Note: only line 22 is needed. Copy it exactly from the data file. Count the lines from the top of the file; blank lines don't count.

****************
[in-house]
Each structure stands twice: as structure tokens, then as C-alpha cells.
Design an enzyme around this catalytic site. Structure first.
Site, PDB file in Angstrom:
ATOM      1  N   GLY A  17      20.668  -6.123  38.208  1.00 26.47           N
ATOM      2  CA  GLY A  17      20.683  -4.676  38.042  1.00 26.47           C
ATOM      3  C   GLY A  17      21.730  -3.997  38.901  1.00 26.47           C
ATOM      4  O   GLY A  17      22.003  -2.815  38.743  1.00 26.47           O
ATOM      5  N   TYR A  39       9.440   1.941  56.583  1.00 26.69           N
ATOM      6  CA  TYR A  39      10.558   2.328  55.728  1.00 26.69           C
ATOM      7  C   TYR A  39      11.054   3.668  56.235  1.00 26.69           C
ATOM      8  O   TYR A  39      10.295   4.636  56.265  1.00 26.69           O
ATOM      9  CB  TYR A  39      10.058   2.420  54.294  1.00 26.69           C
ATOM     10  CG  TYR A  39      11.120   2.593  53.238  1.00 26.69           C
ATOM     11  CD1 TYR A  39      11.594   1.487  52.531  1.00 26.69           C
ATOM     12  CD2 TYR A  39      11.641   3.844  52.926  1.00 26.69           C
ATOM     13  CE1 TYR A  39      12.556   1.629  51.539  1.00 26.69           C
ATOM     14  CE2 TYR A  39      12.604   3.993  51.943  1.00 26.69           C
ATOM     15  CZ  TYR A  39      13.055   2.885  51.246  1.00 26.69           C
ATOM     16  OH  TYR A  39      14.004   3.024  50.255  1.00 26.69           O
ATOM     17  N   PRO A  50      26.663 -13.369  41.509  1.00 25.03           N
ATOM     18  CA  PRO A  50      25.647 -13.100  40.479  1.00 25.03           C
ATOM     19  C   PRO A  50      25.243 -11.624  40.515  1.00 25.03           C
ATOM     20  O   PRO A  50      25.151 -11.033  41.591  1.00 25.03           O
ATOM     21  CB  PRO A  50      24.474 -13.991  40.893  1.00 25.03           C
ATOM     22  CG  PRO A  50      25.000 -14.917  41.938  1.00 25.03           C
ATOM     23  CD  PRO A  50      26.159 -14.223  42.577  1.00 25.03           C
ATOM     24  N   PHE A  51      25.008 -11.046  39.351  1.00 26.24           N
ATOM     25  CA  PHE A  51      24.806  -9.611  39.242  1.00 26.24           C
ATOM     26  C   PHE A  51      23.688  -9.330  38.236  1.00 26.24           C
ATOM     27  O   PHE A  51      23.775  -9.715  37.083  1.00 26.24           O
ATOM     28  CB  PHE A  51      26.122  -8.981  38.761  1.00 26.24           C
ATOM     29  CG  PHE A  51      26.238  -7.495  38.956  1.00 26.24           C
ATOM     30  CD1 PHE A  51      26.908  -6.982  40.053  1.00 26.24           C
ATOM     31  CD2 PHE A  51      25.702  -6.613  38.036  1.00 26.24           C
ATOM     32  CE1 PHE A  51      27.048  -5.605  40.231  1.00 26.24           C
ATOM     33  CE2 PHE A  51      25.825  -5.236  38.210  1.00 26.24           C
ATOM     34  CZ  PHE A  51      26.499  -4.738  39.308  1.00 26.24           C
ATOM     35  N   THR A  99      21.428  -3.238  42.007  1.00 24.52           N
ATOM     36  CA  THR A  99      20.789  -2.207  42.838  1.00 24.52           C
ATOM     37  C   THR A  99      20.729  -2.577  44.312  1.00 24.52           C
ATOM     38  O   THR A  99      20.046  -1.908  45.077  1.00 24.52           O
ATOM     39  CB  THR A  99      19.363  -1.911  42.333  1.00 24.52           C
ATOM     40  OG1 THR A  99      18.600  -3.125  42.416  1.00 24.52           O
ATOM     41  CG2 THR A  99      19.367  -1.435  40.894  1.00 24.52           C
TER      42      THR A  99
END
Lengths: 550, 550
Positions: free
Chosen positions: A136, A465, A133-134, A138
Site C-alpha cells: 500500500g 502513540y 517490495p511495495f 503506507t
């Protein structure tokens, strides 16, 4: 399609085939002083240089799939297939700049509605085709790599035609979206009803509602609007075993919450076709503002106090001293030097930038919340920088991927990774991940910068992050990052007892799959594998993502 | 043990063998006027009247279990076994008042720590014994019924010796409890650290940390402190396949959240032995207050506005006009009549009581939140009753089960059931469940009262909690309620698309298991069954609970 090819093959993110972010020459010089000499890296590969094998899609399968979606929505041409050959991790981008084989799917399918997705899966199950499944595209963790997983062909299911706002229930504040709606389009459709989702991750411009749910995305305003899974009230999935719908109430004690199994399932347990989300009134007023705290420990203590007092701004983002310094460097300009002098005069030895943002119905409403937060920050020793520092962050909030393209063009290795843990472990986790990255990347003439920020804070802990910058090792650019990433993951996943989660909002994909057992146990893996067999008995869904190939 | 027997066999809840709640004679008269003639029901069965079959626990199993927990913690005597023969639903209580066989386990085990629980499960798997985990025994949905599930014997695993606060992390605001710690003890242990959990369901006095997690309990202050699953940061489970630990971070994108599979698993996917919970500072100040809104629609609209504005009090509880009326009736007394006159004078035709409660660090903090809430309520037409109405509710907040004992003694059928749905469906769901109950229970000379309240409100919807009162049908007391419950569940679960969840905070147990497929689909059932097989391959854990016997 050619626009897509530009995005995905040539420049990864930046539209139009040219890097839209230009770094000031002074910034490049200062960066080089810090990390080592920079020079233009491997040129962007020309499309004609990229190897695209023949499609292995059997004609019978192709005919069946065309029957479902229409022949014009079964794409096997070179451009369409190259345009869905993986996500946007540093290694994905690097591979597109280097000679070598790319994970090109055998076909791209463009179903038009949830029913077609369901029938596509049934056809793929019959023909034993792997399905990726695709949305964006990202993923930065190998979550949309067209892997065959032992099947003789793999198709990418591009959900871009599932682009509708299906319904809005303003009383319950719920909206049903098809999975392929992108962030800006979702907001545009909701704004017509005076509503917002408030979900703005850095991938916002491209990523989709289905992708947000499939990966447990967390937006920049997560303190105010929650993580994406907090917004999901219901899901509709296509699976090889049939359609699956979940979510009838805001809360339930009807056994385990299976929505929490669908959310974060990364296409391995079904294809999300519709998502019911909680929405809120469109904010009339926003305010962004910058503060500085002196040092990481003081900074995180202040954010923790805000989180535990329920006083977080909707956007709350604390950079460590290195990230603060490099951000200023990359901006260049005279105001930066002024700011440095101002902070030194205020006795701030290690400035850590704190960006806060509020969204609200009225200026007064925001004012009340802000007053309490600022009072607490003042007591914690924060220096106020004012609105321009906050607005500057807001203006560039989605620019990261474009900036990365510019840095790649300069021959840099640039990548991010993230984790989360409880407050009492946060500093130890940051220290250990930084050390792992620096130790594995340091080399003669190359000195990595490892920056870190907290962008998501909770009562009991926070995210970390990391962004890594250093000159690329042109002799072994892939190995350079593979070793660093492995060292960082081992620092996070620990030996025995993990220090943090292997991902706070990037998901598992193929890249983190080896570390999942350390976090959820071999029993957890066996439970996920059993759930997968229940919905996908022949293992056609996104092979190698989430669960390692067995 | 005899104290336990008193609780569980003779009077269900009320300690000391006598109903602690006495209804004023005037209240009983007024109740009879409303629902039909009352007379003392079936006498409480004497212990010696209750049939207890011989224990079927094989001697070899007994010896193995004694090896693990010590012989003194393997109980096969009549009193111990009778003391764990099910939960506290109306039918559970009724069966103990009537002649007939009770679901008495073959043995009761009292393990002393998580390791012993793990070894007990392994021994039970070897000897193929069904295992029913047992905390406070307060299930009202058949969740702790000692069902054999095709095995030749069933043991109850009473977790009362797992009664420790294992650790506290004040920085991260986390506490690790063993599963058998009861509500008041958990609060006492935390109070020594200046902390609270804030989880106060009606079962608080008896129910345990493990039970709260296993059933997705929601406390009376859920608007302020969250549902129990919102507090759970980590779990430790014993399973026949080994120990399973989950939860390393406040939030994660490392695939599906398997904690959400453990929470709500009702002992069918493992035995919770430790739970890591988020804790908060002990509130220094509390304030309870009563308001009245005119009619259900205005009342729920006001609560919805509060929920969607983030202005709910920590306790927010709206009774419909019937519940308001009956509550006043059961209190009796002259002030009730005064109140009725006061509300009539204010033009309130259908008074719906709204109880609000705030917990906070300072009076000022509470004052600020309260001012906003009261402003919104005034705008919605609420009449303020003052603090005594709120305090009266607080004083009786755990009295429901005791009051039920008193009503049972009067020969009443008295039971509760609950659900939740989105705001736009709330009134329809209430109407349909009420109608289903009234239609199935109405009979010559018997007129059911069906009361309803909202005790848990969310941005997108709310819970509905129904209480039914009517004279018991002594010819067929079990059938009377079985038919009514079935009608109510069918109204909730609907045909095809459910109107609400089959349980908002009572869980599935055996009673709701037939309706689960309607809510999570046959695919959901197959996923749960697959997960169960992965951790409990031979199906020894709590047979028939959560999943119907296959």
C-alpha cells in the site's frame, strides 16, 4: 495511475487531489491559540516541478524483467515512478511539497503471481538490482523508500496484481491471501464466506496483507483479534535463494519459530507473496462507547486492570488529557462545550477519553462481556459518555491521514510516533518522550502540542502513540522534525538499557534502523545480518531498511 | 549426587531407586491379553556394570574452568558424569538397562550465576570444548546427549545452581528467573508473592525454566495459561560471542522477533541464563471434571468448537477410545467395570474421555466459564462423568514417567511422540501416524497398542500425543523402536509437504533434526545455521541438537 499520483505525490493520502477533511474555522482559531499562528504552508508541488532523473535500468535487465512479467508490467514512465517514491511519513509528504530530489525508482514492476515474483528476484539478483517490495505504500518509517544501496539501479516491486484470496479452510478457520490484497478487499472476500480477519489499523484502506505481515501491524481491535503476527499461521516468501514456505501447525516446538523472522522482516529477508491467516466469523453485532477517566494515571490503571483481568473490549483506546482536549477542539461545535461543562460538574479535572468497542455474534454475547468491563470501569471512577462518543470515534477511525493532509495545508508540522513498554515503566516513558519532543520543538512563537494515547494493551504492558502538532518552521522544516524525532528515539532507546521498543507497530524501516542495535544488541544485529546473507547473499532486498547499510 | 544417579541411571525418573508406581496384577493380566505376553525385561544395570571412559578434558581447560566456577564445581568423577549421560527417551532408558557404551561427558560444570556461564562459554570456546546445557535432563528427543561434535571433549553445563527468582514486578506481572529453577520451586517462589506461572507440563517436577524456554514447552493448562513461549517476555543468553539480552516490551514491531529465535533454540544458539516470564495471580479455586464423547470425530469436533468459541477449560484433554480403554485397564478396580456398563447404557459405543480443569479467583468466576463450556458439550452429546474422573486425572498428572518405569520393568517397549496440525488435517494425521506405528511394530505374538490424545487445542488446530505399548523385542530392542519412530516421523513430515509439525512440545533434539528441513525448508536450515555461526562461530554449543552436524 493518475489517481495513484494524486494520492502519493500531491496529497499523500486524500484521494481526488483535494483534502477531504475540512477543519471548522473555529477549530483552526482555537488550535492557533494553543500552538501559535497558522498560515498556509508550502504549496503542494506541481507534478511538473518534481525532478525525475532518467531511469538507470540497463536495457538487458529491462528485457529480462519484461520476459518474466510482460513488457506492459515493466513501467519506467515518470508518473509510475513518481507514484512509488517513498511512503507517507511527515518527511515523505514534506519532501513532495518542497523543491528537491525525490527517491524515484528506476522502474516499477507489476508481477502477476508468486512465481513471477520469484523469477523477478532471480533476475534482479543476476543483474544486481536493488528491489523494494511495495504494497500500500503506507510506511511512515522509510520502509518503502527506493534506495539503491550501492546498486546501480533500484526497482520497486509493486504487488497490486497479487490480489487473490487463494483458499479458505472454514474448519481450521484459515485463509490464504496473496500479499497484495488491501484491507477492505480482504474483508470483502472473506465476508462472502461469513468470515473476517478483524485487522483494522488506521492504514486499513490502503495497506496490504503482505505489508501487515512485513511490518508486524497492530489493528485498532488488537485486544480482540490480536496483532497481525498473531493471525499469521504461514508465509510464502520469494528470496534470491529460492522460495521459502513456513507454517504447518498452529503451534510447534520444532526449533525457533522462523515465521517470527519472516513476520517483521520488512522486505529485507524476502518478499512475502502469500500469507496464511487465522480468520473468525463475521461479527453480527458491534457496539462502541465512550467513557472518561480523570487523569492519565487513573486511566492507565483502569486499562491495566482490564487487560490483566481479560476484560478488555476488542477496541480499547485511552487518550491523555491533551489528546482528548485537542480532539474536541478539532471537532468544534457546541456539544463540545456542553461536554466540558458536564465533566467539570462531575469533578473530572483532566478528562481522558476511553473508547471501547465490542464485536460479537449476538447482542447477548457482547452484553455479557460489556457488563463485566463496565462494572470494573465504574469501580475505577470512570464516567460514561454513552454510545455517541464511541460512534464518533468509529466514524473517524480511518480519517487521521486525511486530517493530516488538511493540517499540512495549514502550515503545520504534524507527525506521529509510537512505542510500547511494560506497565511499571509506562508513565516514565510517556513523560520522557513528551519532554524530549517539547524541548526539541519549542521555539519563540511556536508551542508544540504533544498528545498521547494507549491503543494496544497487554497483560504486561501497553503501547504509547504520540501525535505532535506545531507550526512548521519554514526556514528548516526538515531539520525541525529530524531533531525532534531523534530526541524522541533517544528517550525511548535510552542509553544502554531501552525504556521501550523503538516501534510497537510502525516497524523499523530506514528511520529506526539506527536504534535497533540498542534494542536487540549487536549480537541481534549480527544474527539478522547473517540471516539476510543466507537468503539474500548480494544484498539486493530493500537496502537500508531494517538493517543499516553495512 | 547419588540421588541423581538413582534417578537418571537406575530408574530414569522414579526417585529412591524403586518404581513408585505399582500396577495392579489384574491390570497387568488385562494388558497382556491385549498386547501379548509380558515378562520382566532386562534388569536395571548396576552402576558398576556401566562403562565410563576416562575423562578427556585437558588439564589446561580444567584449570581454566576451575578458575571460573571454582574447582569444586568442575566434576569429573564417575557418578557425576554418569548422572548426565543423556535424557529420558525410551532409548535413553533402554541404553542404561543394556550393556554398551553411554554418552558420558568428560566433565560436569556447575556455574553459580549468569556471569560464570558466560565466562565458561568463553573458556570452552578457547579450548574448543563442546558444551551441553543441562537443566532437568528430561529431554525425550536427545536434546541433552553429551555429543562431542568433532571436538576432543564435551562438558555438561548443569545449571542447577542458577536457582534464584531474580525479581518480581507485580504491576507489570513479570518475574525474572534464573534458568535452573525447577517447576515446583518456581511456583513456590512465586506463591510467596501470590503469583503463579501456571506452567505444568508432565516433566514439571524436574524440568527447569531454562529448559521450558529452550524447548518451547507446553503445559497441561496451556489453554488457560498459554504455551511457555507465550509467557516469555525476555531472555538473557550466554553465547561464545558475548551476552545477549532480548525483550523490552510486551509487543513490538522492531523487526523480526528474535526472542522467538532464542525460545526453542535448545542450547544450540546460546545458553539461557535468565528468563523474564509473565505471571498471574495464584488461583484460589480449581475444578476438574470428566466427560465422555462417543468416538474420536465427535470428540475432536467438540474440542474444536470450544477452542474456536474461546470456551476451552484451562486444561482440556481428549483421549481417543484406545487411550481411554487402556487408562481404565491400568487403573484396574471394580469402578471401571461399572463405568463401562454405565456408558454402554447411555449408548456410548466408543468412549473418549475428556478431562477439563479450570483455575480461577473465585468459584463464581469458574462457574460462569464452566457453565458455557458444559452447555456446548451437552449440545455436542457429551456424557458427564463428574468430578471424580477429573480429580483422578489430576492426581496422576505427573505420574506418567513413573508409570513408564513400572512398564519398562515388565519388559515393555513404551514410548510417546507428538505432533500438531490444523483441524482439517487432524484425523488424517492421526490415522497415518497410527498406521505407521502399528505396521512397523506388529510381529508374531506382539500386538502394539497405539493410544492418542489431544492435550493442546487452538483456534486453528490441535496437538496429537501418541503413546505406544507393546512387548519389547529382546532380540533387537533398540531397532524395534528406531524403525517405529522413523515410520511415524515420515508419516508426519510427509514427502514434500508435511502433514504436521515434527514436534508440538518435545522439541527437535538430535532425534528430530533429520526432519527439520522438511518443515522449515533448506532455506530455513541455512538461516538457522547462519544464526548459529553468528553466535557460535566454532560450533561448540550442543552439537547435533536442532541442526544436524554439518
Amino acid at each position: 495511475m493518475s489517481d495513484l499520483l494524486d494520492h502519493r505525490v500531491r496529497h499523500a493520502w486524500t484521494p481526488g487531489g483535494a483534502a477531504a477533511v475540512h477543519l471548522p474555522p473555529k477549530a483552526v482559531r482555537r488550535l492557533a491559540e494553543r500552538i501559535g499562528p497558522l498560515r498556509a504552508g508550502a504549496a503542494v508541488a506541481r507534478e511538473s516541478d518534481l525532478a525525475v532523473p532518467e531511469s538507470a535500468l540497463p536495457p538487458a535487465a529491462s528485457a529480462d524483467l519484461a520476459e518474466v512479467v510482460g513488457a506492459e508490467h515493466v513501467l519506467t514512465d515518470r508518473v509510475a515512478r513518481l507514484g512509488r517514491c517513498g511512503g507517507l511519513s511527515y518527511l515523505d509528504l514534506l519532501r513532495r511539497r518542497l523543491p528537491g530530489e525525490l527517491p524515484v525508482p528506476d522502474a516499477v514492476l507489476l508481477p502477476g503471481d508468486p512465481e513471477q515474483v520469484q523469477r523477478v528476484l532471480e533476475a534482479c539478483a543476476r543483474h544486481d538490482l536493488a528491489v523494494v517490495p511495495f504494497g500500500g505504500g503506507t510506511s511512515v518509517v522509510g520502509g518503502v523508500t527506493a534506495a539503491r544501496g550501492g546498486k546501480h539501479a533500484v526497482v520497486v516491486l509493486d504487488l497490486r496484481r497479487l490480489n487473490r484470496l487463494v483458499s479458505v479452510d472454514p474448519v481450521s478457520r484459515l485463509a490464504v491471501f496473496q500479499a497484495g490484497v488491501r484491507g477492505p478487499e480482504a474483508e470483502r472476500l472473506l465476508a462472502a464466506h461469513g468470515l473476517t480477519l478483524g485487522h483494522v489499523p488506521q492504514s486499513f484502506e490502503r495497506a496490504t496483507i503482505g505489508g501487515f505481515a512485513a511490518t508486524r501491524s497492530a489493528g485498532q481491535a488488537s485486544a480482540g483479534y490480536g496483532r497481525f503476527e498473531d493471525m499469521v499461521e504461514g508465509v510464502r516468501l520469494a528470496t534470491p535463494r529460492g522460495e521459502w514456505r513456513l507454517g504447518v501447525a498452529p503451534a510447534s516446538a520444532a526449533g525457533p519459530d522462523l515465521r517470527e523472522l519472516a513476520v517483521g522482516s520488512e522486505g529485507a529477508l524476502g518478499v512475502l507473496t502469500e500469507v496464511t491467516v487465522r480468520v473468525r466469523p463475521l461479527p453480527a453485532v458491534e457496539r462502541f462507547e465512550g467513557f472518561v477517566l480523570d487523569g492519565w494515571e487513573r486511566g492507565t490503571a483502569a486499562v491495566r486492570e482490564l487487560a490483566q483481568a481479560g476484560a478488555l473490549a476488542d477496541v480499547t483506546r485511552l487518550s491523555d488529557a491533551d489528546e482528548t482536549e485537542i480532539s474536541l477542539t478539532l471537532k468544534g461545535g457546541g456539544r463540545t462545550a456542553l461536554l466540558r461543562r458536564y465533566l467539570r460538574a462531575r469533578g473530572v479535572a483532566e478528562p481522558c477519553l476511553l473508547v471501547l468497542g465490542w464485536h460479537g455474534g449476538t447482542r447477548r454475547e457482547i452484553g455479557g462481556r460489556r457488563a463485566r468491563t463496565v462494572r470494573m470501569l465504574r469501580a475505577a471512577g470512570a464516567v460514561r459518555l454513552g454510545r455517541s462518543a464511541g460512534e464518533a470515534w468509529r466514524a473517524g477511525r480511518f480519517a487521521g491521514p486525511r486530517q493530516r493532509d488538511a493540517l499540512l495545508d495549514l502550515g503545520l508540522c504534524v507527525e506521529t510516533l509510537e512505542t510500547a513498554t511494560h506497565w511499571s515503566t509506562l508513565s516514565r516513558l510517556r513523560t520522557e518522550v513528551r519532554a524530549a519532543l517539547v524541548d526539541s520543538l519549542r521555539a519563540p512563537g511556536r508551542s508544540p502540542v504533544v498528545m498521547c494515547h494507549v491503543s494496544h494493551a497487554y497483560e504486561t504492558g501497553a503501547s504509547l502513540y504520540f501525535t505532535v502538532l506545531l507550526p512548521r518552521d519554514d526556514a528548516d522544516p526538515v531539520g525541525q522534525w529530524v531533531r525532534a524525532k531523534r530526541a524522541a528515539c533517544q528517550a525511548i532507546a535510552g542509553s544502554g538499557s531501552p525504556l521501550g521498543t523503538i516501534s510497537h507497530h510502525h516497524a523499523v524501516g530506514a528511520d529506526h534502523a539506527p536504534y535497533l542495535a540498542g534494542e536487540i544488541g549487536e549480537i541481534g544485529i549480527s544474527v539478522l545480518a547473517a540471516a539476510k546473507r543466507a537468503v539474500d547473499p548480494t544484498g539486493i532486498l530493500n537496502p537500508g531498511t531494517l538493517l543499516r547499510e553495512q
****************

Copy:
ATOM     18  CA  PRO A  50      25.647 -13.100  40.479  1.00 25.03           C